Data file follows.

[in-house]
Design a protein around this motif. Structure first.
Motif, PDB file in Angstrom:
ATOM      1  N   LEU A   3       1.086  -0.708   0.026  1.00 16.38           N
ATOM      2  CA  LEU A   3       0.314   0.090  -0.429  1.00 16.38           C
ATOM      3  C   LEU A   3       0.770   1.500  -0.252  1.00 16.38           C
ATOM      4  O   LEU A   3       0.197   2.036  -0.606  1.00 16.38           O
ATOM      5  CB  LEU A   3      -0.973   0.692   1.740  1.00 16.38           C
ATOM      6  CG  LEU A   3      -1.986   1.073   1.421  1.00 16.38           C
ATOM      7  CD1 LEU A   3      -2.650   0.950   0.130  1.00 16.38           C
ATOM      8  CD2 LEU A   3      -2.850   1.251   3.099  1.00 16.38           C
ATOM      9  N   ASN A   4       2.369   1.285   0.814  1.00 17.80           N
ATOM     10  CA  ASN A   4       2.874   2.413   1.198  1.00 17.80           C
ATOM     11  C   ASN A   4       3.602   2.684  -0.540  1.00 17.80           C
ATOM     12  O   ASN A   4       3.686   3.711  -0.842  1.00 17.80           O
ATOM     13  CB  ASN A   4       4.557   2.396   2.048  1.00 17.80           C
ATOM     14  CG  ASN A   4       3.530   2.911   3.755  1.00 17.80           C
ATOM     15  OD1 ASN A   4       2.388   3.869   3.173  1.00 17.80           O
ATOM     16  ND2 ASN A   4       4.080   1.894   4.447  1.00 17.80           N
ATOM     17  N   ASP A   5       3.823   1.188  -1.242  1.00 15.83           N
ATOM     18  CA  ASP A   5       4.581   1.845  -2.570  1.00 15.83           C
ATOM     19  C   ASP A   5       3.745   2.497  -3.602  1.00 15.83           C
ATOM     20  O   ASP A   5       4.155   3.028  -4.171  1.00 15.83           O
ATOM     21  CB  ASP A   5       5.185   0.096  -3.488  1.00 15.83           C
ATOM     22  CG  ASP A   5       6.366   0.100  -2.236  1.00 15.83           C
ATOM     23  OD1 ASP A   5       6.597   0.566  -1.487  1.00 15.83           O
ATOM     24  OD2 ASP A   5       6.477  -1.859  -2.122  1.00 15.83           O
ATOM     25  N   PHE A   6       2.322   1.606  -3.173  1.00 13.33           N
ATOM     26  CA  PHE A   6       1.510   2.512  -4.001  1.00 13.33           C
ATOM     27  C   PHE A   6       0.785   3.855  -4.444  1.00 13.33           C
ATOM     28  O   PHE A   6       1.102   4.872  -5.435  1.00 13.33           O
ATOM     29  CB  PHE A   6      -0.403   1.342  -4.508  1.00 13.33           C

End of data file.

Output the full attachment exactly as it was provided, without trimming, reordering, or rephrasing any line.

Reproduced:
[in-house]
Design a protein around this motif. Structure first.
Motif, PDB file in Angstrom:
ATOM      1  N   LEU A   3       1.086  -0.708   0.026  1.00 16.38           N
ATOM      2  CA  LEU A   3       0.314   0.090  -0.429  1.00 16.38           C
ATOM      3  C   LEU A   3       0.770   1.500  -0.252  1.00 16.38           C
ATOM      4  O   LEU A   3       0.197   2.036  -0.606  1.00 16.38           O
ATOM      5  CB  LEU A   3      -0.973   0.692   1.740  1.00 16.38           C
ATOM      6  CG  LEU A   3      -1.986   1.073   1.421  1.00 16.38           C
ATOM      7  CD1 LEU A   3      -2.650   0.950   0.130  1.00 16.38           C
ATOM      8  CD2 LEU A   3      -2.850   1.251   3.099  1.00 16.38           C
ATOM      9  N   ASN A   4       2.369   1.285   0.814  1.00 17.80           N
ATOM     10  CA  ASN A   4       2.874   2.413   1.198  1.00 17.80           C
ATOM     11  C   ASN A   4       3.602   2.684  -0.540  1.00 17.80           C
ATOM     12  O   ASN A   4       3.686   3.711  -0.842  1.00 17.80           O
ATOM     13  CB  ASN A   4       4.557   2.396   2.048  1.00 17.80           C
ATOM     14  CG  ASN A   4       3.530   2.911   3.755  1.00 17.80           C
ATOM     15  OD1 ASN A   4       2.388   3.869   3.173  1.00 17.80           O
ATOM     16  ND2 ASN A   4       4.080   1.894   4.447  1.00 17.80           N
ATOM     17  N   ASP A   5       3.823   1.188  -1.242  1.00 15.83           N
ATOM     18  CA  ASP A   5       4.581   1.845  -2.570  1.00 15.83           C
ATOM     19  C   ASP A   5       3.745   2.497  -3.602  1.00 15.83           C
ATOM     20  O   ASP A   5       4.155   3.028  -4.171  1.00 15.83           O
ATOM     21  CB  ASP A   5       5.185   0.096  -3.488  1.00 15.83           C
ATOM     22  CG  ASP A   5       6.366   0.100  -2.236  1.00 15.83           C
ATOM     23  OD1 ASP A   5       6.597   0.566  -1.487  1.00 15.83           O
ATOM     24  OD2 ASP A   5       6.477  -1.859  -2.122  1.00 15.83           O
ATOM     25  N   PHE A   6       2.322   1.606  -3.173  1.00 13.33           N
ATOM     26  CA  PHE A   6       1.510   2.512  -4.001  1.00 13.33           C
ATOM     27  C   PHE A   6       0.785   3.855  -4.444  1.00 13.33           C
ATOM     28  O   PHE A   6       1.102   4.872  -5.435  1.00 13.33           O
ATOM     29  CB  PHE A   6      -0.403   1.342  -4.508  1.00 13.33           C